Our published aspirations are the results of some years of research. This is our list of documents (opens in new window or tab). Bearing in mind that the HERT project has changed name several times, there are documents that assume the project and documents that discuss alternatives for the project, for example the routing of buses through Watford town centre, however there is no document that justifies HERT. Anyone who disagrees is invited to find a document justifying HERT either from our list of documents or elsewhere. The promotion of HERT with no document justifying it might reasonably be described as propaganda.

Railways are a central government responsibility and centrally funded. The closure of lines to be replaced by bus services treats the residents of Hertfordshire as second class citizens. HERT does not seem to be any more than a marketing exercise designed to persuade the people of Hertfordshire to vote against their own best interests.

HERT as bus services

HERT is a collection of bus services. However, as illustrated below, it is clear that the primary focus is on Watford to Harlow, also Hemel Hempstead to Harlow. HERT documentation describes these as high-frequency bus services.

HERT map

Website intalink.org.uk is the reference for existing bus services. Currently bus travel between Hemel Hempstead and Harlow requires a change of bus, typically the 302 and then the 724 Green Line. We have no objection to a direct bus service as part of HERT although the fact that there is no such service currently could suggest passenger uptake could be poor. HERT envisages separation of lanes on the A414, one being for HERT buses and driverless cars, the other for all other traffic. This presumably could result in a reduction of journey time for buses. This matter is being researched. We do not know how the separation would occur.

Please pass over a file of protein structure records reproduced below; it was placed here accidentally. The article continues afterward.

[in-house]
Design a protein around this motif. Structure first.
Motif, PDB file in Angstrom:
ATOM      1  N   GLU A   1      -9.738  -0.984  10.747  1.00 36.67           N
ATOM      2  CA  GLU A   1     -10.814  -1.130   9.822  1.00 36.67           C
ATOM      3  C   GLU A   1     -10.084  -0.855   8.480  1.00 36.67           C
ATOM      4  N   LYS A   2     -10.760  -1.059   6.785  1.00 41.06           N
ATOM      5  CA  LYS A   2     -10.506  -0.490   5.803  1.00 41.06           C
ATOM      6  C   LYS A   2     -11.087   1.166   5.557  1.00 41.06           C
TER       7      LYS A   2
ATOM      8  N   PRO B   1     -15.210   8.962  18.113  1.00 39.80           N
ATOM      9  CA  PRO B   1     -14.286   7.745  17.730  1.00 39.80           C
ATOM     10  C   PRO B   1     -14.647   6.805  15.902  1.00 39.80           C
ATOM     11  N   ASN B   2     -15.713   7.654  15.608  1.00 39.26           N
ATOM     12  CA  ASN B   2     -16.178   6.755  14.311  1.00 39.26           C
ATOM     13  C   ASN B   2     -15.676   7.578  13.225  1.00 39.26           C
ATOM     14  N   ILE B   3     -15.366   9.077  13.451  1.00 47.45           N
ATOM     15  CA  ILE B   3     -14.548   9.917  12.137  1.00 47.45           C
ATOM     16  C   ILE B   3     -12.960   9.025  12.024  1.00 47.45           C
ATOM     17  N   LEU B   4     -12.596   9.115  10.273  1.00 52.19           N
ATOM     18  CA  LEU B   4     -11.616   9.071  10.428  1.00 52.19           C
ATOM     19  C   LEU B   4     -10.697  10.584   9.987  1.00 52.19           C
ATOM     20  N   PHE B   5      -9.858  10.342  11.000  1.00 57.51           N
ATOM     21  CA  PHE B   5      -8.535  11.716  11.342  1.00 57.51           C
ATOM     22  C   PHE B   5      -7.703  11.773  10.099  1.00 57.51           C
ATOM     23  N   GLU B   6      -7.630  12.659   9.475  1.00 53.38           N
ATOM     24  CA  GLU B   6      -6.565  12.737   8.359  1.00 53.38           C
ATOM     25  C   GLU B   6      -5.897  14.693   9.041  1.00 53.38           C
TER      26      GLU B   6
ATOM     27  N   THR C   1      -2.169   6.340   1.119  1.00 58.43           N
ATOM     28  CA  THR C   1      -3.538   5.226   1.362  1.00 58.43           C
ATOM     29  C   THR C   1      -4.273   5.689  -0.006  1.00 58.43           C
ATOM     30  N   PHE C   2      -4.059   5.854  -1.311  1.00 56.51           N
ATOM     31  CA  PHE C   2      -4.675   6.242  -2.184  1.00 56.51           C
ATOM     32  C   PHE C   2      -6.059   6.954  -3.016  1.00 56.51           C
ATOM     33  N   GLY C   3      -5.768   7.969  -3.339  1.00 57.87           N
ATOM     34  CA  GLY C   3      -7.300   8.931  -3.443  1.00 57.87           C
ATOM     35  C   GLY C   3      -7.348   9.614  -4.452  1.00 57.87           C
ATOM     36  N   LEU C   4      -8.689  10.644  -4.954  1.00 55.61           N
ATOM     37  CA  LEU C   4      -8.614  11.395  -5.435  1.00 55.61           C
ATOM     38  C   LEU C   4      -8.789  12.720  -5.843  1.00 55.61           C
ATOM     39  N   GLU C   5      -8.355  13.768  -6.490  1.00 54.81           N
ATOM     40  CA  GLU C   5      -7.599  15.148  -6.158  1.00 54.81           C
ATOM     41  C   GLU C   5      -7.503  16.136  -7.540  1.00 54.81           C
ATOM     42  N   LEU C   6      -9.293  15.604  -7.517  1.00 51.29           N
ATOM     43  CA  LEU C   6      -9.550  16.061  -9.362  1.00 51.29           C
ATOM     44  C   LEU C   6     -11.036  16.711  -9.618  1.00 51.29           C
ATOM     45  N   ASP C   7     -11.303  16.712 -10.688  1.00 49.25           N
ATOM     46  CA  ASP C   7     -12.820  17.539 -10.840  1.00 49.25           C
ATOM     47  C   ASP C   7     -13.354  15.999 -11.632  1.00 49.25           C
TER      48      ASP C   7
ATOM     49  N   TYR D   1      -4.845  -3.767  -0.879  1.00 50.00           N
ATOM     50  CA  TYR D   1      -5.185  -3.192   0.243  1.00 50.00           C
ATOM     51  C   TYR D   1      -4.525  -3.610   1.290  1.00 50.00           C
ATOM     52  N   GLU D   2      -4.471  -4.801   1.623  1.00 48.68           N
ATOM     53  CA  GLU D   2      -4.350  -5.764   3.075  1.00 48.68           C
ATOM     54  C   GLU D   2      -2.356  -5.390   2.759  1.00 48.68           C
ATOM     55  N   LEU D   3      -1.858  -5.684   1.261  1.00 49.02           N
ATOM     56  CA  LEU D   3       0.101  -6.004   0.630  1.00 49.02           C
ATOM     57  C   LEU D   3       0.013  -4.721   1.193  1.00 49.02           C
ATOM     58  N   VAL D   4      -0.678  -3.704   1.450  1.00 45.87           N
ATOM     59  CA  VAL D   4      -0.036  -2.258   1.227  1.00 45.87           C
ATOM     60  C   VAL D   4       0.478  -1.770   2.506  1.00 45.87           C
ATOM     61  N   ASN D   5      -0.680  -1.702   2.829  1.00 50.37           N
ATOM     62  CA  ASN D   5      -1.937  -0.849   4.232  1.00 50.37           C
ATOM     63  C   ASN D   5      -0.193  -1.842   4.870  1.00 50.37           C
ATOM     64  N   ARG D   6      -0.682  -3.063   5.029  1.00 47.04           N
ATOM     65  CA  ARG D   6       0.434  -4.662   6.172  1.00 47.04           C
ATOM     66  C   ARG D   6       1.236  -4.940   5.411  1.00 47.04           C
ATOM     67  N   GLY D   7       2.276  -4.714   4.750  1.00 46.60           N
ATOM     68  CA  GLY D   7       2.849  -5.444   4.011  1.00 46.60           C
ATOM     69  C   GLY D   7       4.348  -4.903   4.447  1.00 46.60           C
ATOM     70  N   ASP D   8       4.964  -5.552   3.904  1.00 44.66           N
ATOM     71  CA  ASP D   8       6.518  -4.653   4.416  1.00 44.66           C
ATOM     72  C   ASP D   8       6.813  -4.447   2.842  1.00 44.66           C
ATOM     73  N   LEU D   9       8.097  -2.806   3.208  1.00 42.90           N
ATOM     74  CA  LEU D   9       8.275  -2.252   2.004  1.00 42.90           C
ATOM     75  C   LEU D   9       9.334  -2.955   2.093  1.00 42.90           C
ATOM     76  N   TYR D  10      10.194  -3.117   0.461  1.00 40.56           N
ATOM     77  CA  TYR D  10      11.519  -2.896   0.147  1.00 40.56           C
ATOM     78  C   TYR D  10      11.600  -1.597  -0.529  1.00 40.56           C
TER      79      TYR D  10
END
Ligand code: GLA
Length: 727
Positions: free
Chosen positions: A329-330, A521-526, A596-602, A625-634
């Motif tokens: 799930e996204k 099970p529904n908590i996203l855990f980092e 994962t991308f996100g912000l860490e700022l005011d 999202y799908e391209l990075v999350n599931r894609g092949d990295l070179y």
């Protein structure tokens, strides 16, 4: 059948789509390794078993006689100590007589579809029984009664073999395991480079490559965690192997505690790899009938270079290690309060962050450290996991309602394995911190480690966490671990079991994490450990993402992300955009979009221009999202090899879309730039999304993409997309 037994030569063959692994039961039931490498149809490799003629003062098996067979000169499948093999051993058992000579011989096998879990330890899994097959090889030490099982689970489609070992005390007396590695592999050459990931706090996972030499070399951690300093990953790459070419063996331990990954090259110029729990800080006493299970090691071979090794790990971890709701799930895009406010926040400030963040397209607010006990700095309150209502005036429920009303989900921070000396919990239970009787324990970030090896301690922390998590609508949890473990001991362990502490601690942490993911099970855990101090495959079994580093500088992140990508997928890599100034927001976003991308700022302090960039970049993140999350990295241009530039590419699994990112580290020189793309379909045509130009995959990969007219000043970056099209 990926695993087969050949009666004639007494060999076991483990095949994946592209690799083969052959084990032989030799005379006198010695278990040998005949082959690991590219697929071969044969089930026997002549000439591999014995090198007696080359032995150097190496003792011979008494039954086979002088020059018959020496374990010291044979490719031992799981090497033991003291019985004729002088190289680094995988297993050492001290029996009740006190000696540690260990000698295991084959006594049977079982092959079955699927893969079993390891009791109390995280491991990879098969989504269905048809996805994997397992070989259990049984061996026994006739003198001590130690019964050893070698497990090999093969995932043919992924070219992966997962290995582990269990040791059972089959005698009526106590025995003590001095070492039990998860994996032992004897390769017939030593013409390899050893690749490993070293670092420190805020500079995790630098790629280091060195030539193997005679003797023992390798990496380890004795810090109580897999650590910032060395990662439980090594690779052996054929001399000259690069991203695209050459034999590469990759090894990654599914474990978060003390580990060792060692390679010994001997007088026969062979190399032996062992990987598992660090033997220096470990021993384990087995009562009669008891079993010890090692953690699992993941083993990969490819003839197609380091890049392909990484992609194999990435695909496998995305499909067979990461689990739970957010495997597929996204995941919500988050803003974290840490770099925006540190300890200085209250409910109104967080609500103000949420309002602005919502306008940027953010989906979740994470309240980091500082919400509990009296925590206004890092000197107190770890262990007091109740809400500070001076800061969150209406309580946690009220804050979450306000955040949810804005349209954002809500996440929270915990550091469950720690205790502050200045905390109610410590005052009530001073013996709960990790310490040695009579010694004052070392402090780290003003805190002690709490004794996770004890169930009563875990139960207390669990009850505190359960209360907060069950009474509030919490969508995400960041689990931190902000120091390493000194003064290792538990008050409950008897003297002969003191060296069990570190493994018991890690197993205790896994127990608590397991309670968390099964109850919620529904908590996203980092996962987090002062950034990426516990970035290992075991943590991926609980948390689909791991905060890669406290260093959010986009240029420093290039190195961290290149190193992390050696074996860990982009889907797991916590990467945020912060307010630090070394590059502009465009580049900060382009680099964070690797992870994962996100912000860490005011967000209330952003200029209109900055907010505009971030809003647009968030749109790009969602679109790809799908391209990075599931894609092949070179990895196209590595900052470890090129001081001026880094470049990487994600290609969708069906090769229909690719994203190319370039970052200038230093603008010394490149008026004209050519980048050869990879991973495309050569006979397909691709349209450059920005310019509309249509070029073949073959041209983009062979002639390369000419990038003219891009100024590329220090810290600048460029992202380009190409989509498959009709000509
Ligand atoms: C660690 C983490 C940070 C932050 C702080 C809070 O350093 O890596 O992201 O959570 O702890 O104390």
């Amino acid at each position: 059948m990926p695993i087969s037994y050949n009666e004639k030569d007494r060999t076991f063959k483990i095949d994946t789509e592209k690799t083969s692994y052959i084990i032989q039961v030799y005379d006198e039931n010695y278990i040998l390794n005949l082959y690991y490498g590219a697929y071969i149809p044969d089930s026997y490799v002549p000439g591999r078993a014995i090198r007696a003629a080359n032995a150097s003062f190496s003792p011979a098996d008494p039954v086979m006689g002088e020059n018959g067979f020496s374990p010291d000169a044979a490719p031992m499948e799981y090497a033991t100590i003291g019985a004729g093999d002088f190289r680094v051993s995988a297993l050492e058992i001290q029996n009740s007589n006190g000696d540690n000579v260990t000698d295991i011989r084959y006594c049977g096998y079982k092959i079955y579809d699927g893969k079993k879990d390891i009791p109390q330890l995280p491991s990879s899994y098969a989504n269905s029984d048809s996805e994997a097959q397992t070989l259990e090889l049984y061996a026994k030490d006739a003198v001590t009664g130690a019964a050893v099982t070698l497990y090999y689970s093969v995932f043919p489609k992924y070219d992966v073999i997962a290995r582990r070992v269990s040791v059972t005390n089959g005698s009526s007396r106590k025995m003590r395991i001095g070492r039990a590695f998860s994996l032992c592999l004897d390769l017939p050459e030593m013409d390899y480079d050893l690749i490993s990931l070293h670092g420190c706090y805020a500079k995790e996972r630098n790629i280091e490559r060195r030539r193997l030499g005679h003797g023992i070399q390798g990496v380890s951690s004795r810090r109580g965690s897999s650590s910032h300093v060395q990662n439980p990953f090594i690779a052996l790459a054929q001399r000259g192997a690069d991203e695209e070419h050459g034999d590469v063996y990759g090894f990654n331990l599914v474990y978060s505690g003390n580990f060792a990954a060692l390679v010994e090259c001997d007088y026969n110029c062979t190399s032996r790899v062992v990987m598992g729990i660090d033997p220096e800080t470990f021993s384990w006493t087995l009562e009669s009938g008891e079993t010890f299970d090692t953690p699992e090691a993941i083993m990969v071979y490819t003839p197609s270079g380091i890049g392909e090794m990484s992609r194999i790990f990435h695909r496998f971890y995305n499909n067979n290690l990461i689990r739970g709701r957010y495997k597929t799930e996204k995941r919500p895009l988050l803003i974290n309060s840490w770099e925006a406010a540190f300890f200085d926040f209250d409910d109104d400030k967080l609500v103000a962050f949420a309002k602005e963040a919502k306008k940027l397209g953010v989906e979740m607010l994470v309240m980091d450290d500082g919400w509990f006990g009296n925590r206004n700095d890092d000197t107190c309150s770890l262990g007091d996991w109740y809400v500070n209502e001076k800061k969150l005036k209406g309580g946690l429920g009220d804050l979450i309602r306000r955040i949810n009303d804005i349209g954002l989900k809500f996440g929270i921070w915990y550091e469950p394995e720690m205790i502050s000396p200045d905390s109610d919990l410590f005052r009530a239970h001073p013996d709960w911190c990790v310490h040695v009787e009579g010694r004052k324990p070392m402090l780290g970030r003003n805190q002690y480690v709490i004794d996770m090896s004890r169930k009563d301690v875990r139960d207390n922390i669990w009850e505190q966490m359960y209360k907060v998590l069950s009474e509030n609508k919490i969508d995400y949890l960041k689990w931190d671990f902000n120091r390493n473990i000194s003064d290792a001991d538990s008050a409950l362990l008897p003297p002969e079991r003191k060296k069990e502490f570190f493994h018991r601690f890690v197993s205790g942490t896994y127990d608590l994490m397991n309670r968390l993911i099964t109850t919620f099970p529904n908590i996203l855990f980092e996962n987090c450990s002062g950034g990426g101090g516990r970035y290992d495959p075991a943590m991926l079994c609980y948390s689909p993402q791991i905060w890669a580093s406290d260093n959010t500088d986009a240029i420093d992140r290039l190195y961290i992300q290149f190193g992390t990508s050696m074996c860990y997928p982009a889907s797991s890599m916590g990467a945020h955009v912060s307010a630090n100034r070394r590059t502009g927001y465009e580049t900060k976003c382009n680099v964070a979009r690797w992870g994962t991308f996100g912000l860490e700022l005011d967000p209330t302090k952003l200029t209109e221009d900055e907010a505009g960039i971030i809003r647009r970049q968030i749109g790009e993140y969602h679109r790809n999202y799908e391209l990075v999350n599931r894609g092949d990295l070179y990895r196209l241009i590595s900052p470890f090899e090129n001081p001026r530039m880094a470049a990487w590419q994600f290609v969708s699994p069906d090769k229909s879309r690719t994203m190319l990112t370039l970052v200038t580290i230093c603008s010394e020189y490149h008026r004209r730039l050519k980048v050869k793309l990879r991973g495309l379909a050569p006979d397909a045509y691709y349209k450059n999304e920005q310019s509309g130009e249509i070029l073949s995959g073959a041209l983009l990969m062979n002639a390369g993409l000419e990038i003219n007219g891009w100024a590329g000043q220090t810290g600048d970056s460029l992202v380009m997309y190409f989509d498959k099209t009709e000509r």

The second high-frequency bus service is between Watford and Harlow. Green Line 724 provides this as a direct service via the A405 and A414. We know this service has been running since at least the 1970's and is therefore a success without the requirement to convert the Watford to St Albans branch railway to a busway to accommodate it.

Let us turn our attention to more local bus services. HERT includes a service from Watford Junction to St Albans City for Thameslink. We regard this as misguided. Most passengers making use of Thameslink will be travelling to London, not to Bedford. A strategically useful bus link from Watford would be to Radlett and not to St Albans City. Watford to Radlett is provided by bus 602 but which would benefit from some upgrades to include an express service. Additionally bus service 602 fails to serve Watford Junction.

Mass Rapid Transit at Watford Junction

If the St Albans Abbey branch is converted to a busway, bus services will be invented to use it, as an exercise in making the facts fit. However there is no justification for conversion of the line to a busway. For Watford to Harlow, there is Green Line 724. For local travel from Watford to St Albans, there is bus 321 and Green Line 724. Bus 321 has also been running since at least the 1970's. There is also the railway line, with several options for walking to St Albans city centre e.g. via Verulamium Park and a very pleasant walk it is.

For Aylesbury to Welwyn Garden City, as illustrated, or Harlow a change from train to bus is envisaged at Watford Junction. However aspiration 4 could provide a direct train service.

An analysis of buses provides no good reason to convert the St Albans Abbey branch line into a busway. We also demonstrated earlier that HERT is a planning disaster, undermining the future prosperity of the Oxford to Cambridge regional economy. The HERT high-frequency service from Watford to Harlow envisaging conversion of the St Albans Abbey branch needs to be put in the dustbin.


Hertsrail is a proposal for a joined-up rail network in Hertfordshire. It is based on comprehensive research by rail researcher RailAble.